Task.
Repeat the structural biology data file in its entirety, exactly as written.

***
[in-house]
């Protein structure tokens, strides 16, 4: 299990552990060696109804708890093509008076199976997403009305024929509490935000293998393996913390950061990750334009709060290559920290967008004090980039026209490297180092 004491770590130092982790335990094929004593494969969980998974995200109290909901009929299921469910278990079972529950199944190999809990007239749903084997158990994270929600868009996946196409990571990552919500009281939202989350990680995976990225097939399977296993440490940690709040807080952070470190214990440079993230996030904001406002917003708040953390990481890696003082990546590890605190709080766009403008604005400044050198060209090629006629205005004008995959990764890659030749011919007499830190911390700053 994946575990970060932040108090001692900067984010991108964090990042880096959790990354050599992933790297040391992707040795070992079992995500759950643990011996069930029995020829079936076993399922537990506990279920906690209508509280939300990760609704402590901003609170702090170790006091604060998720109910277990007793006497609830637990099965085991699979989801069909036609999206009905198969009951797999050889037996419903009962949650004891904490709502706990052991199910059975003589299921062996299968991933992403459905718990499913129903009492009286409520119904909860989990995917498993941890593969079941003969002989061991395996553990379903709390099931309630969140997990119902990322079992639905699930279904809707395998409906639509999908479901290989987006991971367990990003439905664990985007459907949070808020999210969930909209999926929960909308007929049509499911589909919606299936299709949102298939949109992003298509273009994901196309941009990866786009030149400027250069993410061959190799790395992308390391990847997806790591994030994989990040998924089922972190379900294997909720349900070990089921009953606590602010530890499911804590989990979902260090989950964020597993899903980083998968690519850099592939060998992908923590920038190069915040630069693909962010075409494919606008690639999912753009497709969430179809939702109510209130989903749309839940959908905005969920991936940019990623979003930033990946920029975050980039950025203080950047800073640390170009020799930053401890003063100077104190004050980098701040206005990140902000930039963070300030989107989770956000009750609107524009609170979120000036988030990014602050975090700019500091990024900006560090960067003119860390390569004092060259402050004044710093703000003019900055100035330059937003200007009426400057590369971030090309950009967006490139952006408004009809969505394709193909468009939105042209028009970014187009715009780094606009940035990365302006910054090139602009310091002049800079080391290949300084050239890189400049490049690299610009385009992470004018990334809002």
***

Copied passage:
[in-house]
């Protein structure tokens, strides 16, 4: 299990552990060696109804708890093509008076199976997403009305024929509490935000293998393996913390950061990750334009709060290559920290967008004090980039026209490297180092 004491770590130092982790335990094929004593494969969980998974995200109290909901009929299921469910278990079972529950199944190999809990007239749903084997158990994270929600868009996946196409990571990552919500009281939202989350990680995976990225097939399977296993440490940690709040807080952070470190214990440079993230996030904001406002917003708040953390990481890696003082990546590890605190709080766009403008604005400044050198060209090629006629205005004008995959990764890659030749011919007499830190911390700053 994946575990970060932040108090001692900067984010991108964090990042880096959790990354050599992933790297040391992707040795070992079992995500759950643990011996069930029995020829079936076993399922537990506990279920906690209508509280939300990760609704402590901003609170702090170790006091604060998720109910277990007793006497609830637990099965085991699979989801069909036609999206009905198969009951797999050889037996419903009962949650004891904490709502706990052991199910059975003589299921062996299968991933992403459905718990499913129903009492009286409520119904909860989990995917498993941890593969079941003969002989061991395996553990379903709390099931309630969140997990119902990322079992639905699930279904809707395998409906639509999908479901290989987006991971367990990003439905664990985007459907949070808020999210969930909209999926929960909308007929049509499911589909919606299936299709949102298939949109992003298509273009994901196309941009990866786009030149400027250069993410061959190799790395992308390391990847997806790591994030994989990040998924089922972190379900294997909720349900070990089921009953606590602010530890499911804590989990979902260090989950964020597993899903980083998968690519850099592939060998992908923590920038190069915040630069693909962010075409494919606008690639999912753009497709969430179809939702109510209130989903749309839940959908905005969920991936940019990623979003930033990946920029975050980039950025203080950047800073640390170009020799930053401890003063100077104190004050980098701040206005990140902000930039963070300030989107989770956000009750609107524009609170979120000036988030990014602050975090700019500091990024900006560090960067003119860390390569004092060259402050004044710093703000003019900055100035330059937003200007009426400057590369971030090309950009967006490139952006408004009809969505394709193909468009939105042209028009970014187009715009780094606009940035990365302006910054090139602009310091002049800079080391290949300084050239890189400049490049690299610009385009992470004018990334809002």